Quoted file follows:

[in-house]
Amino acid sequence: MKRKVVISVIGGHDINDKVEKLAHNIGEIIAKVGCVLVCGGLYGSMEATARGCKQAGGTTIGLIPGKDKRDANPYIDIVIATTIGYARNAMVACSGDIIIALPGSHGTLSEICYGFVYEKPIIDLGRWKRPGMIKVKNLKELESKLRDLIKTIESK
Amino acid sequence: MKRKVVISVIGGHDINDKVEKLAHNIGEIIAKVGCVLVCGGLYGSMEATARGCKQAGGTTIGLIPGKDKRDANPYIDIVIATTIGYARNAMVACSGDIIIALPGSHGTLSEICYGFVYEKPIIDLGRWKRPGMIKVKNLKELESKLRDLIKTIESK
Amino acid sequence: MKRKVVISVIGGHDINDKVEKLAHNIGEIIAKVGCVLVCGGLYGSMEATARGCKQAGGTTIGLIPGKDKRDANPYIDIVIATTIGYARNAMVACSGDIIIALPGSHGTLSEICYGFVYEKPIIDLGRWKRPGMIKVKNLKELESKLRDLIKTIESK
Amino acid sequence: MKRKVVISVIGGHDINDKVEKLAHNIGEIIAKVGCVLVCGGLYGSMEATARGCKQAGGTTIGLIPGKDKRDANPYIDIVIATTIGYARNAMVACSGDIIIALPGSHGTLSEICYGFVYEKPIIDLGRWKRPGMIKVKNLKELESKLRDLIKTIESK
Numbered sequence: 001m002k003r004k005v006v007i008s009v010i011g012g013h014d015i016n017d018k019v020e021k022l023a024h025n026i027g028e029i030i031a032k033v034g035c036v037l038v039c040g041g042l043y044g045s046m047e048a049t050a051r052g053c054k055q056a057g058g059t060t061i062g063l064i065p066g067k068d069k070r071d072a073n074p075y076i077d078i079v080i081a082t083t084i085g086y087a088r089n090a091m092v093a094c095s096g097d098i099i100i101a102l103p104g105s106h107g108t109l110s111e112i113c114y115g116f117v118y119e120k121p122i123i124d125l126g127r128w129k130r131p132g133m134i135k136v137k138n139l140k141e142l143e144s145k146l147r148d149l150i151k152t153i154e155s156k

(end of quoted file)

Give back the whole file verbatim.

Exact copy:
[in-house]
Amino acid sequence: MKRKVVISVIGGHDINDKVEKLAHNIGEIIAKVGCVLVCGGLYGSMEATARGCKQAGGTTIGLIPGKDKRDANPYIDIVIATTIGYARNAMVACSGDIIIALPGSHGTLSEICYGFVYEKPIIDLGRWKRPGMIKVKNLKELESKLRDLIKTIESK
Amino acid sequence: MKRKVVISVIGGHDINDKVEKLAHNIGEIIAKVGCVLVCGGLYGSMEATARGCKQAGGTTIGLIPGKDKRDANPYIDIVIATTIGYARNAMVACSGDIIIALPGSHGTLSEICYGFVYEKPIIDLGRWKRPGMIKVKNLKELESKLRDLIKTIESK
Amino acid sequence: MKRKVVISVIGGHDINDKVEKLAHNIGEIIAKVGCVLVCGGLYGSMEATARGCKQAGGTTIGLIPGKDKRDANPYIDIVIATTIGYARNAMVACSGDIIIALPGSHGTLSEICYGFVYEKPIIDLGRWKRPGMIKVKNLKELESKLRDLIKTIESK
Amino acid sequence: MKRKVVISVIGGHDINDKVEKLAHNIGEIIAKVGCVLVCGGLYGSMEATARGCKQAGGTTIGLIPGKDKRDANPYIDIVIATTIGYARNAMVACSGDIIIALPGSHGTLSEICYGFVYEKPIIDLGRWKRPGMIKVKNLKELESKLRDLIKTIESK
Numbered sequence: 001m002k003r004k005v006v007i008s009v010i011g012g013h014d015i016n017d018k019v020e021k022l023a024h025n026i027g028e029i030i031a032k033v034g035c036v037l038v039c040g041g042l043y044g045s046m047e048a049t050a051r052g053c054k055q056a057g058g059t060t061i062g063l064i065p066g067k068d069k070r071d072a073n074p075y076i077d078i079v080i081a082t083t084i085g086y087a088r089n090a091m092v093a094c095s096g097d098i099i100i101a102l103p104g105s106h107g108t109l110s111e112i113c114y115g116f117v118y119e120k121p122i123i124d125l126g127r128w129k130r131p132g133m134i135k136v137k138n139l140k141e142l143e144s145k146l147r148d149l150i151k152t153i154e155s156k